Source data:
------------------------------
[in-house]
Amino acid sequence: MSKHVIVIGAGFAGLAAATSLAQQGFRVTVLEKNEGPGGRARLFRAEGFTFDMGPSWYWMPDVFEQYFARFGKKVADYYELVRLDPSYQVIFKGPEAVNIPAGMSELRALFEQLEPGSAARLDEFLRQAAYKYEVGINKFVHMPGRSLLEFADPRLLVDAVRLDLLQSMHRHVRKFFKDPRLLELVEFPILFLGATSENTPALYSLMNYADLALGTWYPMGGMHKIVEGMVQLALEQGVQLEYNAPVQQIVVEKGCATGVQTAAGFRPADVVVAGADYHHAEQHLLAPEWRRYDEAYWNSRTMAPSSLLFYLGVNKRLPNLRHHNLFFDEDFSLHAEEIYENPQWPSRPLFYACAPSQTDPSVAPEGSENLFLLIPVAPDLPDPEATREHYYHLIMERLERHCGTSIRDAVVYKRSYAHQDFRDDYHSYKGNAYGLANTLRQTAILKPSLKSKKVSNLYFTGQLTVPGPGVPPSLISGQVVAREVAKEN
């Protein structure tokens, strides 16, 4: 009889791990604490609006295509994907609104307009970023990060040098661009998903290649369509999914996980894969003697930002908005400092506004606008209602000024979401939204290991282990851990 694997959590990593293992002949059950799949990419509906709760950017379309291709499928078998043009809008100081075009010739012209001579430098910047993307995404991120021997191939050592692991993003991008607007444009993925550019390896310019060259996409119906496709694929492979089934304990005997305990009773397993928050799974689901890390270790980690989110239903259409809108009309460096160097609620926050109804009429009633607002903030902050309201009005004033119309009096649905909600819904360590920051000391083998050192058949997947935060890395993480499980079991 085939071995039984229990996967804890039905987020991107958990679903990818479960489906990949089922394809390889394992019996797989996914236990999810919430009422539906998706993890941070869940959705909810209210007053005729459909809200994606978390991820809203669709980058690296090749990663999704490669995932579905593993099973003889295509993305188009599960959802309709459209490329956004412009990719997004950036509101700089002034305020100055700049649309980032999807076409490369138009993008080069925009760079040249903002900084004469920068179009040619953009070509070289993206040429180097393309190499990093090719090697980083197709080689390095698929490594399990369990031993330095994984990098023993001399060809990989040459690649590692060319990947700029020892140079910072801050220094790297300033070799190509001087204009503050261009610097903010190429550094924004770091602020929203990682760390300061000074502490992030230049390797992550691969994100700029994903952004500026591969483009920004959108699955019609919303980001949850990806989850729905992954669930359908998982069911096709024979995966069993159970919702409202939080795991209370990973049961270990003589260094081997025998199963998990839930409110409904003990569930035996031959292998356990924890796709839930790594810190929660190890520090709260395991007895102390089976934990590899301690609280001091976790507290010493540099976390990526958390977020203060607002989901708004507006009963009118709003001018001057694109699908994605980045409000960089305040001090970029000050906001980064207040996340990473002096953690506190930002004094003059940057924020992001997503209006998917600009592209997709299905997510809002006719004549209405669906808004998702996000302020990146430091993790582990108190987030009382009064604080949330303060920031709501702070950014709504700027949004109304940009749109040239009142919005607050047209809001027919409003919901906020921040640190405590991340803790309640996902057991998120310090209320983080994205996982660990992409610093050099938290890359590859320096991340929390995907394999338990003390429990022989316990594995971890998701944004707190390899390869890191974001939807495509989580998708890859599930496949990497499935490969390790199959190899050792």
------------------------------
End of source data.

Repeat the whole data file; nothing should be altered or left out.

[in-house]
Amino acid sequence: MSKHVIVIGAGFAGLAAATSLAQQGFRVTVLEKNEGPGGRARLFRAEGFTFDMGPSWYWMPDVFEQYFARFGKKVADYYELVRLDPSYQVIFKGPEAVNIPAGMSELRALFEQLEPGSAARLDEFLRQAAYKYEVGINKFVHMPGRSLLEFADPRLLVDAVRLDLLQSMHRHVRKFFKDPRLLELVEFPILFLGATSENTPALYSLMNYADLALGTWYPMGGMHKIVEGMVQLALEQGVQLEYNAPVQQIVVEKGCATGVQTAAGFRPADVVVAGADYHHAEQHLLAPEWRRYDEAYWNSRTMAPSSLLFYLGVNKRLPNLRHHNLFFDEDFSLHAEEIYENPQWPSRPLFYACAPSQTDPSVAPEGSENLFLLIPVAPDLPDPEATREHYYHLIMERLERHCGTSIRDAVVYKRSYAHQDFRDDYHSYKGNAYGLANTLRQTAILKPSLKSKKVSNLYFTGQLTVPGPGVPPSLISGQVVAREVAKEN
């Protein structure tokens, strides 16, 4: 009889791990604490609006295509994907609104307009970023990060040098661009998903290649369509999914996980894969003697930002908005400092506004606008209602000024979401939204290991282990851990 694997959590990593293992002949059950799949990419509906709760950017379309291709499928078998043009809008100081075009010739012209001579430098910047993307995404991120021997191939050592692991993003991008607007444009993925550019390896310019060259996409119906496709694929492979089934304990005997305990009773397993928050799974689901890390270790980690989110239903259409809108009309460096160097609620926050109804009429009633607002903030902050309201009005004033119309009096649905909600819904360590920051000391083998050192058949997947935060890395993480499980079991 085939071995039984229990996967804890039905987020991107958990679903990818479960489906990949089922394809390889394992019996797989996914236990999810919430009422539906998706993890941070869940959705909810209210007053005729459909809200994606978390991820809203669709980058690296090749990663999704490669995932579905593993099973003889295509993305188009599960959802309709459209490329956004412009990719997004950036509101700089002034305020100055700049649309980032999807076409490369138009993008080069925009760079040249903002900084004469920068179009040619953009070509070289993206040429180097393309190499990093090719090697980083197709080689390095698929490594399990369990031993330095994984990098023993001399060809990989040459690649590692060319990947700029020892140079910072801050220094790297300033070799190509001087204009503050261009610097903010190429550094924004770091602020929203990682760390300061000074502490992030230049390797992550691969994100700029994903952004500026591969483009920004959108699955019609919303980001949850990806989850729905992954669930359908998982069911096709024979995966069993159970919702409202939080795991209370990973049961270990003589260094081997025998199963998990839930409110409904003990569930035996031959292998356990924890796709839930790594810190929660190890520090709260395991007895102390089976934990590899301690609280001091976790507290010493540099976390990526958390977020203060607002989901708004507006009963009118709003001018001057694109699908994605980045409000960089305040001090970029000050906001980064207040996340990473002096953690506190930002004094003059940057924020992001997503209006998917600009592209997709299905997510809002006719004549209405669906808004998702996000302020990146430091993790582990108190987030009382009064604080949330303060920031709501702070950014709504700027949004109304940009749109040239009142919005607050047209809001027919409003919901906020921040640190405590991340803790309640996902057991998120310090209320983080994205996982660990992409610093050099938290890359590859320096991340929390995907394999338990003390429990022989316990594995971890998701944004707190390899390869890191974001939807495509989580998708890859599930496949990497499935490969390790199959190899050792």